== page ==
Friday, April 13, 2007

New York I

On one hand, the skies are leaden and black, rain is pissing down relentlessly, and it is cold and windy. On the other hand, I am in New York and not at my desk, so I'm not bothered.

I landed in Washington DC yesterday morning 11am, ready to take a connecting flight to NY La Guardia. By taking two flights instead of the one, I saved myself 30 pounds, bargain! Sadly, the connecting flight was delayed. For three huffing hours. I came to feel very, very cheap as I sat sprawled out on a chair while large people cheerfully started random conversations with each other without shuffling uneasily or keeping the chat to a minimum a la UK.

At one point in my wait marathon, I observed a convivial old man, all grey hair and warm smile, exiting from a Staff Only door. With his bumbling demeanour, he put me mind of Jimmy Stewart in his later years, especially when the staff door retracted with a SLAM. He jumped, quite alarmed, and said something akin to 'Jeepers.' It was then that I noted this ageing security guard's gun on his hip. So that was interesting.

Spending an eighth of a day wandering aimlessly around Dulles International airport wasn't something I'd recommend to anyone. I wandered off to their two smoking rooms which were a disgrace - Heathrow's room was clean-smelling with good air-con and hidden from view around the back of the O'Neills pub. The rooms at Dulles seemed more geared towards humiliation with their glass windows affording non-smoking passers-by the chance to walk past and feel superior. Plus the rooms reeked and made Heathrow's smoking room look like the perfume counter at Harrods. Ban smoking in public; fine, but don't make smokers feel like social pariahs, please.

I tried to get some quarters to call my lady friend and tell her about the delays (I forgot to activate International Roaming on my cellphone before I left, meaning I'm now walking around with a glorified watch in my pocket), but each person I spoke to in shops kept asking me how I was before I'd ever said anything, and it confused and confounded me. EACH ONE.
'How are you?'
'Erm, Fine. I don't want to buy anything, I just want change.'
This to me at least, made the whole encounter worse and made me feel like scum.
Then I spent about three bucks feeding quarters to a phonebox that kept the change and never actually connected me to anyone.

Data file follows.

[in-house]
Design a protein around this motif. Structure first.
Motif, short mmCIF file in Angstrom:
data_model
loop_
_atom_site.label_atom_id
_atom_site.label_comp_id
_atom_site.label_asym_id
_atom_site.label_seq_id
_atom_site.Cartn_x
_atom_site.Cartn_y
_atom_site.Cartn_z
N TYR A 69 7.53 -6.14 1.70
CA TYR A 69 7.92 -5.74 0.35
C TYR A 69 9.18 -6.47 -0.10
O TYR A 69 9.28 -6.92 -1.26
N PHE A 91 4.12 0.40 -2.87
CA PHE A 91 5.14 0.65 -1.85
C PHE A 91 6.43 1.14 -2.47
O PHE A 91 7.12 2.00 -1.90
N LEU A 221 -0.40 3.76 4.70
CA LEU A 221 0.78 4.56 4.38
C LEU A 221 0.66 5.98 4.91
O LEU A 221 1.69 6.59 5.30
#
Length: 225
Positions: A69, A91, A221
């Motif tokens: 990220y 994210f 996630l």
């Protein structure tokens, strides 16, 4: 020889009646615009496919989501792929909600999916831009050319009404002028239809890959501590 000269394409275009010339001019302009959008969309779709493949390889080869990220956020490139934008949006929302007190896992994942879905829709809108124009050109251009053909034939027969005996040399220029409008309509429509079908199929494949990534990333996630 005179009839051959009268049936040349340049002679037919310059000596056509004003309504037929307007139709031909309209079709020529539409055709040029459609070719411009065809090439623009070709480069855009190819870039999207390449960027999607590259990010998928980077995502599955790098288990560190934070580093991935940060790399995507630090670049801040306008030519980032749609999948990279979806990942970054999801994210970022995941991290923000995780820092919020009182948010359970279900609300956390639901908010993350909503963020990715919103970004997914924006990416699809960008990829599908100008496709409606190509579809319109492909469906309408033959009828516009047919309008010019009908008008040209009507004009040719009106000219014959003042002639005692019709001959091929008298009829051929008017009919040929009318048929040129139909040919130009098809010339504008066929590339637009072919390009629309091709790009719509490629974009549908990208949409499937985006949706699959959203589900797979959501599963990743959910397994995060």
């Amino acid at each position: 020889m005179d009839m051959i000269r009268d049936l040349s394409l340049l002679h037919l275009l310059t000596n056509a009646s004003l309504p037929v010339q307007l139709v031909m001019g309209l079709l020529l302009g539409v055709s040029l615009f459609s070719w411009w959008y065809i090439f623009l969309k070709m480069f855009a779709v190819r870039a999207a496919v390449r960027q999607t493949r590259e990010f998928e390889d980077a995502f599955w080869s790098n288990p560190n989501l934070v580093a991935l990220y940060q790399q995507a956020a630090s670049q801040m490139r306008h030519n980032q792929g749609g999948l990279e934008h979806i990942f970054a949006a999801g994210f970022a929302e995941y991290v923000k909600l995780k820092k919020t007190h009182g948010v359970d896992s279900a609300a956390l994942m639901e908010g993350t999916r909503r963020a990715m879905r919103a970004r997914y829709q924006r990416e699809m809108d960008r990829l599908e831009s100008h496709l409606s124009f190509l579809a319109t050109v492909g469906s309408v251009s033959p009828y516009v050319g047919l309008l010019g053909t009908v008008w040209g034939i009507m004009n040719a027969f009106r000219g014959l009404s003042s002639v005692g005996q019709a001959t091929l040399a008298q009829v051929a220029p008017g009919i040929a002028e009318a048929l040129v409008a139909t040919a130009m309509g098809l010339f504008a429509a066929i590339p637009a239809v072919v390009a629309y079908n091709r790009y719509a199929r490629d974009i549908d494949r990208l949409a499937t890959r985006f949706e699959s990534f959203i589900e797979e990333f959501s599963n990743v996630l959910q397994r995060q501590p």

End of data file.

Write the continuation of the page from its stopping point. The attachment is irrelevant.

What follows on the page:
By now, the vein was throbbing in my forehead, even by the time the NY plane arrived and I ended up sitting next to a lovely old lady who smelled of wee.

I was completely confused by the time I took a cab directly to a bar near my ladyfriend's house (she had not yet returned from work). I had been chatting to the cab driver (a Bangladeshi) about England's recent win over his countrymen in the Cricket World Cup and had completely forgotten where I was. I left the cab and walked to the bar, I passed a girl on her phone who was talking with a broad nasal twang.

'Hey!' I thought, 'an American!'

Thursday morning, and I am about to leave the apartment and venture forth into cold, wet and windy hell. On holiday, yet under crappy conditions.

Still, hooray!

Coming all too soon: New York II: Bugger

5 comments:

Shoshana said...

Don't worry too much about people asking you how you are. That was only because you were south of the Mason-Dixon line. Now that you're in NY proper, no one will care how you're doing. They probably won't give you change either. Welcome to New York! Enjoy your stay!

fwengebola said...

Shosh - I appreciate that, thanks.
About to be deleted Commentator - I don't give a damn what you've written beforehand. Ending your comment with a link means you're essentially an advert. Now fuck off.

furtive said...

Well at least you haven't been shot yet!

luna said...

So you're on the fags again then?
You said you'd quit!

fwengebola said...

Furtive ~ I made it out alive! It'll be Tescos where I get killed, you mark my words.
Luna ~ Sorry.